Some signs and symptoms typical of essential fatty acid deficiencies in adults and children include aching joints, angina chest pain, arthritis, constipation, brittle or easily frayed nails, dry-unmanageable hair, dandruff, dry mucous membranes in the mouth, dry skin, patches of pale skin on the cheeks, "chicken skin" or fine bumps like sand paper (on the back, abdomen, and backs of arms), alligator skin, cracked skin on the heels or fingertips, fatique, depression, malaise, poor energy, frequent urination, poor wound healing, excessive thirst, forgetfulness, frequent colds and sickness, high blood pressure, immune weakness (allergies), lack of endurance, lack of motivation, indigestion with gas and bloating and possibly easy bruising. In children one can see attention problems, irritability, hyperactivity, and learning difficulties. Needless to say, I now have my whole family including my parents on omega 3 fatty acids. Several children in my practice have shown bursts in their development a few weeks after adding omega 3 fatty acids to their diet1.

Additional tips:

  • grade Try to consume 2 tablespoons of ground (preferably organic) flaxseeds every day or 1 tablespoon of flaxseed oil every day. Flaxseed oil can be mixed with softened butter and spread on toast in the morning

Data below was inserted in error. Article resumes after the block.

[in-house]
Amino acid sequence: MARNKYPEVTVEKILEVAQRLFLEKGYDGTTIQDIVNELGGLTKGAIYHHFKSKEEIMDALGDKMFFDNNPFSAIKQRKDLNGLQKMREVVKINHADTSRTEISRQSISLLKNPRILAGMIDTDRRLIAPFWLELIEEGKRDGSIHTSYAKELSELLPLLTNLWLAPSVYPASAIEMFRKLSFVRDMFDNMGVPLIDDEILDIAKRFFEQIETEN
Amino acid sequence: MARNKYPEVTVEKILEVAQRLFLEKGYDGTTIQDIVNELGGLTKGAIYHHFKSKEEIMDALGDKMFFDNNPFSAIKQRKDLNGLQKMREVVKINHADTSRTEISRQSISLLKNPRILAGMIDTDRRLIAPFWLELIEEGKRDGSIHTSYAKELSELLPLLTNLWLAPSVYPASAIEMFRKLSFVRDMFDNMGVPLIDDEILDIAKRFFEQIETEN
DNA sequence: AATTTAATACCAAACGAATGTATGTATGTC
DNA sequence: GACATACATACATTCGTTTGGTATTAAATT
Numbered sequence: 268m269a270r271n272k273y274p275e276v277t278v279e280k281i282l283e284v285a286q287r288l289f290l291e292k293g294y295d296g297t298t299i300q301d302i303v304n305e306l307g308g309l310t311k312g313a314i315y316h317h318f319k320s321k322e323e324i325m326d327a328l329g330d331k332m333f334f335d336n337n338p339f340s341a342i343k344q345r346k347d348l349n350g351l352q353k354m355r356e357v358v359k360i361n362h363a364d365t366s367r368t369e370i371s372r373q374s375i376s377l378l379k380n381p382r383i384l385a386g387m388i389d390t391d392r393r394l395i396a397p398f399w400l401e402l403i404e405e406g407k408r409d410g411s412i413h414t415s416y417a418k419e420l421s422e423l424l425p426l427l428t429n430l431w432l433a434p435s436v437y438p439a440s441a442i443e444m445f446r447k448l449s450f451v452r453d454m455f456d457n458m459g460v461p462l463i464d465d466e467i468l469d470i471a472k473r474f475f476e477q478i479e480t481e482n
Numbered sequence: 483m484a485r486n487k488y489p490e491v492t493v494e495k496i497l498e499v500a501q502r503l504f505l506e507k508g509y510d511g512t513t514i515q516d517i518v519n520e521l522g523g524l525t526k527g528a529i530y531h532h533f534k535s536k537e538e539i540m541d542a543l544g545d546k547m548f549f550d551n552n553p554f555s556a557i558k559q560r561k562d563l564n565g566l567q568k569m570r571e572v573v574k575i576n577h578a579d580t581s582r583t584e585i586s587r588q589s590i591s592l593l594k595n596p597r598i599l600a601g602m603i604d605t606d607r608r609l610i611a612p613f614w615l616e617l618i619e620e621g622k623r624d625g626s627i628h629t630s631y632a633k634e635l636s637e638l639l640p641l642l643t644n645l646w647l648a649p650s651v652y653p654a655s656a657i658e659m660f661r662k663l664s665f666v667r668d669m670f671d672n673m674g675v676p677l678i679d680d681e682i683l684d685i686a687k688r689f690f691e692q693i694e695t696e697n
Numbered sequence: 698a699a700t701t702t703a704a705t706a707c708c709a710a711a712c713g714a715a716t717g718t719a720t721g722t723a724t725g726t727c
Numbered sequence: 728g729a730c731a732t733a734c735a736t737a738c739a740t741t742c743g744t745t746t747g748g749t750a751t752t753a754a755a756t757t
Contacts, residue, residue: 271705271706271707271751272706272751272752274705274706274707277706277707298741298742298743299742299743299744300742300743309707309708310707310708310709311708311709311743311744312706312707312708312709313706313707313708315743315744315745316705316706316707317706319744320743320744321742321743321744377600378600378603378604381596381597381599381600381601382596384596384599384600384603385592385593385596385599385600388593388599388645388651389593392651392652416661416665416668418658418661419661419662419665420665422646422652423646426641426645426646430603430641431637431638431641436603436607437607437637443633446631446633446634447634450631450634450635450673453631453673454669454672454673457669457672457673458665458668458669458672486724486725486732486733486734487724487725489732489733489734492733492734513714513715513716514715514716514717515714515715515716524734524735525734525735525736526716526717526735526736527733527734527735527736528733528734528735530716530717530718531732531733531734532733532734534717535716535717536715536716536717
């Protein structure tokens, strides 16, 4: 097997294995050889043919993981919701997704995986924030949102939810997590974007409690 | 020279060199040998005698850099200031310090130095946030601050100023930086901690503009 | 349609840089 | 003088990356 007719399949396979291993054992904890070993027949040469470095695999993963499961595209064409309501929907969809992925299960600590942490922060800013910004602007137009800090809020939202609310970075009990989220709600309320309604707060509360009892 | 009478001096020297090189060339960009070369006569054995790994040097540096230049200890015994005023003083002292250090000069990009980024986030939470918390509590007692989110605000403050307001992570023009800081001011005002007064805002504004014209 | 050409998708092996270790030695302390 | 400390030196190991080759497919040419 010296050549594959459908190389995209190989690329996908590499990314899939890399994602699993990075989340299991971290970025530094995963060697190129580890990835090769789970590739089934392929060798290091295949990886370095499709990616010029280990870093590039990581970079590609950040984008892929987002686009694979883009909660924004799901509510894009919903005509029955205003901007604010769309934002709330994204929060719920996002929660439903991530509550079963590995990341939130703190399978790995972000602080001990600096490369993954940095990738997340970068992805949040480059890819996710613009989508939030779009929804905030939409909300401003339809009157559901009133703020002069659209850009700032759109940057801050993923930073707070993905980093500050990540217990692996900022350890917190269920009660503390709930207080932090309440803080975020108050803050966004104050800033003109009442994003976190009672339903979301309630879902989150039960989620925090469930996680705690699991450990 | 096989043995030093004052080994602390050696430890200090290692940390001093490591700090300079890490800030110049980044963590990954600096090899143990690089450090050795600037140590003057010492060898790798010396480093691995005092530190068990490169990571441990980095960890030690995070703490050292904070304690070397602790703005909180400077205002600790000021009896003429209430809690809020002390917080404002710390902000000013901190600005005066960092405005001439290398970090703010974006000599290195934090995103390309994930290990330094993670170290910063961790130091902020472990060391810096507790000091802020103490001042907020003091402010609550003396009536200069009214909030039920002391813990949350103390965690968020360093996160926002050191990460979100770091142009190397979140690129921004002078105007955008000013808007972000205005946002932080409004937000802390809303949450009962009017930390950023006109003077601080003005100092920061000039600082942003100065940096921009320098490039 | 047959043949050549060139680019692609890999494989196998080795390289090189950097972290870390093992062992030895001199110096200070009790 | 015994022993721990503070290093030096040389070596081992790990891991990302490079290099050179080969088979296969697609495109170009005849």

• grade Try to consume salmon twice a week (try to avoid farm raised fish and eating too much tuna fish because of the high mercury content)
  • grade Don't cook or bake with flax seed oil (heat denatures the oil). Avoid Flax seed oil capsules (the oil is often heated and highly processed before it is added to the capsule). Find organic, cold pressed, flax seed oil that comes in a dark colored bottle (to block sunlight), and is high in lignans. Oil should be in the refrigerator section at the grocery store and have an expiration date
  • grade Be careful of fish oil supplements made from larger fish that feed on small fish because of impurities and heavy metals like mercury that can accumulate in fish (supplements from sardines and mackerels are a better source). Call up the manufacturing company and ensure that they screen for mercury in their products